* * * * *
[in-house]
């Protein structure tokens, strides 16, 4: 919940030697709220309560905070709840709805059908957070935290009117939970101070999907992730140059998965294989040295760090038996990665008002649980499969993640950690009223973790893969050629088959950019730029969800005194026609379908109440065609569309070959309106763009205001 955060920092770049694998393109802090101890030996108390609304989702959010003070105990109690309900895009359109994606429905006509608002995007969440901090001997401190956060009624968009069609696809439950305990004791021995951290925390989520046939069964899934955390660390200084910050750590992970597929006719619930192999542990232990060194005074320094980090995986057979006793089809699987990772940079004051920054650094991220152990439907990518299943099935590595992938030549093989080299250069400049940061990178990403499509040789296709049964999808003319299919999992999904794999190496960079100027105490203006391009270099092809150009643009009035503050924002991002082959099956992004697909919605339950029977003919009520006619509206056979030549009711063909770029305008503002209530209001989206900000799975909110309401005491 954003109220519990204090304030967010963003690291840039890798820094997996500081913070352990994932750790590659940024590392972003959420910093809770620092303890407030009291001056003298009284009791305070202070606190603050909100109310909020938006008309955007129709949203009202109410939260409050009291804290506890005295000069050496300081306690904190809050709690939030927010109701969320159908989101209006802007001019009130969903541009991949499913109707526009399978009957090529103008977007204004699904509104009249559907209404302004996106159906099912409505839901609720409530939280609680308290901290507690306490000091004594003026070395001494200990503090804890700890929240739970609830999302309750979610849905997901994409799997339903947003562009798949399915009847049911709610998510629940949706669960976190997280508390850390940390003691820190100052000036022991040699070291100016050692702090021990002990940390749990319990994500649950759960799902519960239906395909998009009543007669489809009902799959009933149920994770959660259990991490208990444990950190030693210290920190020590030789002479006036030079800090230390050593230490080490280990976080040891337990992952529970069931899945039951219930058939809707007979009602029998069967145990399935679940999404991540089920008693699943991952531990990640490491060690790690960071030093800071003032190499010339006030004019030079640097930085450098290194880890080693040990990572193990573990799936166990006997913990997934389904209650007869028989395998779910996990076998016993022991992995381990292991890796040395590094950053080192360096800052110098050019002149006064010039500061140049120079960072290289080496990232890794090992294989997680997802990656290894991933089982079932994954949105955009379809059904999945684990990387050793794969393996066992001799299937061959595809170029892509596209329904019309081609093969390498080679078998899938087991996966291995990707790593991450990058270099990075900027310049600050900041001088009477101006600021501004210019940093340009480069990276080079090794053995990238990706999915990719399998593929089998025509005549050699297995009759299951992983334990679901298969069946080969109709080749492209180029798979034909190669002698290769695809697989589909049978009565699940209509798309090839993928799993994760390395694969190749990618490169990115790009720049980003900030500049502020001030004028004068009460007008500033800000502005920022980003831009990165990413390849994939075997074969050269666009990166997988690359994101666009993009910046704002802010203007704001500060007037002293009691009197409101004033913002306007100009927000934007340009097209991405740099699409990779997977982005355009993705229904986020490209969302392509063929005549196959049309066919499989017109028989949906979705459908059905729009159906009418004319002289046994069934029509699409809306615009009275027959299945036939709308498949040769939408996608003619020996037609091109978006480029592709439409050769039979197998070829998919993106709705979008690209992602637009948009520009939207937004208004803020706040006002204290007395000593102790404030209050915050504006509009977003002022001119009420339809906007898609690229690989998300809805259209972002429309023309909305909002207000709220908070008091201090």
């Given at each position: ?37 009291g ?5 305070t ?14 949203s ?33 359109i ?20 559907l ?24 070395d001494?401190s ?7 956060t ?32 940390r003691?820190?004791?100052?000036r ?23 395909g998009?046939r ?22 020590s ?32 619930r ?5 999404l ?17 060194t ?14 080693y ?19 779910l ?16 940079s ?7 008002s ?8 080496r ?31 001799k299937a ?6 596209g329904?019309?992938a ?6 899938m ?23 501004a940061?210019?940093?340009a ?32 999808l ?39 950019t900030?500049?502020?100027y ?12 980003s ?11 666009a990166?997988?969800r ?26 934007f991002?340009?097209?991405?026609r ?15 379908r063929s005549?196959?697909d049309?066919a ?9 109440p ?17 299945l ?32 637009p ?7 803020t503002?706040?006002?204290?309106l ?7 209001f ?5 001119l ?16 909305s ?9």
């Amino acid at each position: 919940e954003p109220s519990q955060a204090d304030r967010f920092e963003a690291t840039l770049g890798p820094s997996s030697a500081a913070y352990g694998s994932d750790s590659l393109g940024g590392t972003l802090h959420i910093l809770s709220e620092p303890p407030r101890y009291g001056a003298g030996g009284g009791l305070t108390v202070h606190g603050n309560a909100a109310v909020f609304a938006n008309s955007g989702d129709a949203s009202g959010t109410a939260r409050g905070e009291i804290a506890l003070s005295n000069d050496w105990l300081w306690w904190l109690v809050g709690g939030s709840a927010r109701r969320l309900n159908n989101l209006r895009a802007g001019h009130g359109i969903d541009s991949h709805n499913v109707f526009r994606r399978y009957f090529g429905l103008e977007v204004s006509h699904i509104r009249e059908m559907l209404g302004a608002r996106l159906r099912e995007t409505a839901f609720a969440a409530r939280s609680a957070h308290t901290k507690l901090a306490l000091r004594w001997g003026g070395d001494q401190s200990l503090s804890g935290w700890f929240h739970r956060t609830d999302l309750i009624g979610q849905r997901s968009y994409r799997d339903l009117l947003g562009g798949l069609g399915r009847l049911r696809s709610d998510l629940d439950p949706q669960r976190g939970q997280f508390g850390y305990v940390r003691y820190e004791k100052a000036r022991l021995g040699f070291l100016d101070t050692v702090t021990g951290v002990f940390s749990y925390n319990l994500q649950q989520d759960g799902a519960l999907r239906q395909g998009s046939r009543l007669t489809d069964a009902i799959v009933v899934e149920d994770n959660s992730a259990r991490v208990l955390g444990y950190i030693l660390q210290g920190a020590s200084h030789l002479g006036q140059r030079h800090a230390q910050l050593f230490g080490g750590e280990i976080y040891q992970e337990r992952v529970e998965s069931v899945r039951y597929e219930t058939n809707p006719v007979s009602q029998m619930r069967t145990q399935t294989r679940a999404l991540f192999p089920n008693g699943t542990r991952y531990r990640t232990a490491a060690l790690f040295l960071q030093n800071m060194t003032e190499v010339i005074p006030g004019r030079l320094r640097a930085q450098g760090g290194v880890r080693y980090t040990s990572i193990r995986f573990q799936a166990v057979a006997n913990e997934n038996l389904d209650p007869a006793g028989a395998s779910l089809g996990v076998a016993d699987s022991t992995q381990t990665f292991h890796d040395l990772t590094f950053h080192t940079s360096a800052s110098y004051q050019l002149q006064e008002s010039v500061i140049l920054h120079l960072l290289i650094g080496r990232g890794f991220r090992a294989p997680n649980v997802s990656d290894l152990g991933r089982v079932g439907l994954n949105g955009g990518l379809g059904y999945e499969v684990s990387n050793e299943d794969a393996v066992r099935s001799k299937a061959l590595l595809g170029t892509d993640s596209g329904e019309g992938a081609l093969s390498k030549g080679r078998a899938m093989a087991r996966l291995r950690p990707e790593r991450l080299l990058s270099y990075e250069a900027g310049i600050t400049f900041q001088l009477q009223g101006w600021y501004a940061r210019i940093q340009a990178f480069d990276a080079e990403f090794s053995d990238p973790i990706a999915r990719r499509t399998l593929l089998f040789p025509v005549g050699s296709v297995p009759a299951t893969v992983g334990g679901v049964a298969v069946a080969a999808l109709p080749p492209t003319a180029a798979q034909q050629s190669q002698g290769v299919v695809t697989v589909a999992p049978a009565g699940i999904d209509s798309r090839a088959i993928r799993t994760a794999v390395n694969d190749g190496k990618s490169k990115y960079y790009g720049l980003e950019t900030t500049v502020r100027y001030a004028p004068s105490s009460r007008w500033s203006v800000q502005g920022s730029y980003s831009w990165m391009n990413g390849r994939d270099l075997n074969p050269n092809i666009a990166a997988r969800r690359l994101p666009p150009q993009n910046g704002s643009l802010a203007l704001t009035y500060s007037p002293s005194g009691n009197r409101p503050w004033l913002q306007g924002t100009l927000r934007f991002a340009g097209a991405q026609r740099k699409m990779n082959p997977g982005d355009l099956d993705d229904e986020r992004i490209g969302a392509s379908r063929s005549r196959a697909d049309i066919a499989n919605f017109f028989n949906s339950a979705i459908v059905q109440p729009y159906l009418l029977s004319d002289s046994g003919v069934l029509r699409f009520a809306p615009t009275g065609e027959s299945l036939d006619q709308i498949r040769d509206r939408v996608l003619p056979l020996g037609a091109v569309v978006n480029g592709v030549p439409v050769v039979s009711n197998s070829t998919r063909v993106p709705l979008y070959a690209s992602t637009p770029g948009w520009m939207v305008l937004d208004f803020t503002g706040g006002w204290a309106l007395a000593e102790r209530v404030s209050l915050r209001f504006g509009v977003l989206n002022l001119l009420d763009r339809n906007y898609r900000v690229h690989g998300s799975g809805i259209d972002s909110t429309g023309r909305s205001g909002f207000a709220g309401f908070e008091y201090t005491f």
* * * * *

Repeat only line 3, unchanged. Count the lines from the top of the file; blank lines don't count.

């Given at each position: ?37 009291g ?5 305070t ?14 949203s ?33 359109i ?20 559907l ?24 070395d001494?401190s ?7 956060t ?32 940390r003691?820190?004791?100052?000036r ?23 395909g998009?046939r ?22 020590s ?32 619930r ?5 999404l ?17 060194t ?14 080693y ?19 779910l ?16 940079s ?7 008002s ?8 080496r ?31 001799k299937a ?6 596209g329904?019309?992938a ?6 899938m ?23 501004a940061?210019?940093?340009a ?32 999808l ?39 950019t900030?500049?502020?100027y ?12 980003s ?11 666009a990166?997988?969800r ?26 934007f991002?340009?097209?991405?026609r ?15 379908r063929s005549?196959?697909d049309?066919a ?9 109440p ?17 299945l ?32 637009p ?7 803020t503002?706040?006002?204290?309106l ?7 209001f ?5 001119l ?16 909305s ?9």